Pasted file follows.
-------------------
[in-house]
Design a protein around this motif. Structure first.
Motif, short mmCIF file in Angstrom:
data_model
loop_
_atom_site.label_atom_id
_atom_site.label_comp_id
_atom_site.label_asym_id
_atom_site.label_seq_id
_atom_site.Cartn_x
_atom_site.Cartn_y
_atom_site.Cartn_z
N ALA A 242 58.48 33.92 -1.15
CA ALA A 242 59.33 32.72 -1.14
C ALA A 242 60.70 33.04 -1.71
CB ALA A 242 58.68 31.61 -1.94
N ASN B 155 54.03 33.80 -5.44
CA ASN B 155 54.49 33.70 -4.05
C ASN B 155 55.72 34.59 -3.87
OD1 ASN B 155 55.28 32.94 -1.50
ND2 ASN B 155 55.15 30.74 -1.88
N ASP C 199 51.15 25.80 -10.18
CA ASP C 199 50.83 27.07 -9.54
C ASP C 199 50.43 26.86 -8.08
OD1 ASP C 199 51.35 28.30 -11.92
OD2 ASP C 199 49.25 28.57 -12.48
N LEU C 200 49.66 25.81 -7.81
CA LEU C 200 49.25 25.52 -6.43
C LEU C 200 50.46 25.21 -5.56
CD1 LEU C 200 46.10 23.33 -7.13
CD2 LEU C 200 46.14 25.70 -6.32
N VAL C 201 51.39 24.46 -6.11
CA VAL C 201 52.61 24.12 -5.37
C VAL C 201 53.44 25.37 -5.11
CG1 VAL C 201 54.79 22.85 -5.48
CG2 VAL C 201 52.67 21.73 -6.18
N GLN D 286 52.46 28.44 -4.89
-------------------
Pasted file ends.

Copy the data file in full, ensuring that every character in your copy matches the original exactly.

[in-house]
Design a protein around this motif. Structure first.
Motif, short mmCIF file in Angstrom:
data_model
loop_
_atom_site.label_atom_id
_atom_site.label_comp_id
_atom_site.label_asym_id
_atom_site.label_seq_id
_atom_site.Cartn_x
_atom_site.Cartn_y
_atom_site.Cartn_z
N ALA A 242 58.48 33.92 -1.15
CA ALA A 242 59.33 32.72 -1.14
C ALA A 242 60.70 33.04 -1.71
CB ALA A 242 58.68 31.61 -1.94
N ASN B 155 54.03 33.80 -5.44
CA ASN B 155 54.49 33.70 -4.05
C ASN B 155 55.72 34.59 -3.87
OD1 ASN B 155 55.28 32.94 -1.50
ND2 ASN B 155 55.15 30.74 -1.88
N ASP C 199 51.15 25.80 -10.18
CA ASP C 199 50.83 27.07 -9.54
C ASP C 199 50.43 26.86 -8.08
OD1 ASP C 199 51.35 28.30 -11.92
OD2 ASP C 199 49.25 28.57 -12.48
N LEU C 200 49.66 25.81 -7.81
CA LEU C 200 49.25 25.52 -6.43
C LEU C 200 50.46 25.21 -5.56
CD1 LEU C 200 46.10 23.33 -7.13
CD2 LEU C 200 46.14 25.70 -6.32
N VAL C 201 51.39 24.46 -6.11
CA VAL C 201 52.61 24.12 -5.37
C VAL C 201 53.44 25.37 -5.11
CG1 VAL C 201 54.79 22.85 -5.48
CG2 VAL C 201 52.67 21.73 -6.18
N GLN D 286 52.46 28.44 -4.89